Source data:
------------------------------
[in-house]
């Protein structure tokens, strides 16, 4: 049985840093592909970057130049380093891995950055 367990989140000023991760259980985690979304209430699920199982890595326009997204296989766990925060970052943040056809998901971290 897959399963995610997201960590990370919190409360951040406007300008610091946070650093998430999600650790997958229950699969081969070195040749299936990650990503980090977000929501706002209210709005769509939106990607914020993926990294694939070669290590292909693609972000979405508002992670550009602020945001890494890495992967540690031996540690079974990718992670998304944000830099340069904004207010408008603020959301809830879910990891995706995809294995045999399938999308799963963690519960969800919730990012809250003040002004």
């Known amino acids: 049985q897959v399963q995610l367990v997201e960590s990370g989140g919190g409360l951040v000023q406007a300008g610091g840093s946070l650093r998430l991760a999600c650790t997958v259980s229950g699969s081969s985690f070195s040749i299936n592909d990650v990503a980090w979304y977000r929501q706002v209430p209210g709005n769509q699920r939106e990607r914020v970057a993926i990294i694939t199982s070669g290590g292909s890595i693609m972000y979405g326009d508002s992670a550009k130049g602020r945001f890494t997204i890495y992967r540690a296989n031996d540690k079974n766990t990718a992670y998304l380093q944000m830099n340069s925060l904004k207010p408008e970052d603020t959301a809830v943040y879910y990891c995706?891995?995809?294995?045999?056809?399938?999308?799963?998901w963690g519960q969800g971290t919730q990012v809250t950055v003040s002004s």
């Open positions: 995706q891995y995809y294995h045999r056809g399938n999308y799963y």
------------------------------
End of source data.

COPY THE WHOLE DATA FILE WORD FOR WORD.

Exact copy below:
[in-house]
């Protein structure tokens, strides 16, 4: 049985840093592909970057130049380093891995950055 367990989140000023991760259980985690979304209430699920199982890595326009997204296989766990925060970052943040056809998901971290 897959399963995610997201960590990370919190409360951040406007300008610091946070650093998430999600650790997958229950699969081969070195040749299936990650990503980090977000929501706002209210709005769509939106990607914020993926990294694939070669290590292909693609972000979405508002992670550009602020945001890494890495992967540690031996540690079974990718992670998304944000830099340069904004207010408008603020959301809830879910990891995706995809294995045999399938999308799963963690519960969800919730990012809250003040002004």
């Known amino acids: 049985q897959v399963q995610l367990v997201e960590s990370g989140g919190g409360l951040v000023q406007a300008g610091g840093s946070l650093r998430l991760a999600c650790t997958v259980s229950g699969s081969s985690f070195s040749i299936n592909d990650v990503a980090w979304y977000r929501q706002v209430p209210g709005n769509q699920r939106e990607r914020v970057a993926i990294i694939t199982s070669g290590g292909s890595i693609m972000y979405g326009d508002s992670a550009k130049g602020r945001f890494t997204i890495y992967r540690a296989n031996d540690k079974n766990t990718a992670y998304l380093q944000m830099n340069s925060l904004k207010p408008e970052d603020t959301a809830v943040y879910y990891c995706?891995?995809?294995?045999?056809?399938?999308?799963?998901w963690g519960q969800g971290t919730q990012v809250t950055v003040s002004s």
């Open positions: 995706q891995y995809y294995h045999r056809g399938n999308y799963y």